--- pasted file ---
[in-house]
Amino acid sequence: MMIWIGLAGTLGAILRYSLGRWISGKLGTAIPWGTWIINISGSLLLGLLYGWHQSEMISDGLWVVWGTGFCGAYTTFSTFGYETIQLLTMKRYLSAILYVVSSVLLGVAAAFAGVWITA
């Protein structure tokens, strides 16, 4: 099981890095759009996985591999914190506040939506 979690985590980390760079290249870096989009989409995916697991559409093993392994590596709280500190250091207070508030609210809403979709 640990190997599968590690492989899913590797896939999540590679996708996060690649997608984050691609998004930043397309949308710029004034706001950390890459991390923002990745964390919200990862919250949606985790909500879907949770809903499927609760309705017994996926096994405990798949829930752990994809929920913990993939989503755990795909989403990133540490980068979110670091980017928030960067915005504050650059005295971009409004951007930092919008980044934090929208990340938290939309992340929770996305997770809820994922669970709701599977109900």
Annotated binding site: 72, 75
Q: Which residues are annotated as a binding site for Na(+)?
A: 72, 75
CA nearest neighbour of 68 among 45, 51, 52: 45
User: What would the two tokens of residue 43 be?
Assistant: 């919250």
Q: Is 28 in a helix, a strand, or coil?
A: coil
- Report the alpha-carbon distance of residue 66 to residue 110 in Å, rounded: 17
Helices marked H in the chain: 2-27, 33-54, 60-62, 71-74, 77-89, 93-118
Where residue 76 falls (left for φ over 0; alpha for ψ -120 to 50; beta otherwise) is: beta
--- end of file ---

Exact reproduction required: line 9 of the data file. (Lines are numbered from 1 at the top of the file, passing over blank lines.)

Assistant: 């919250």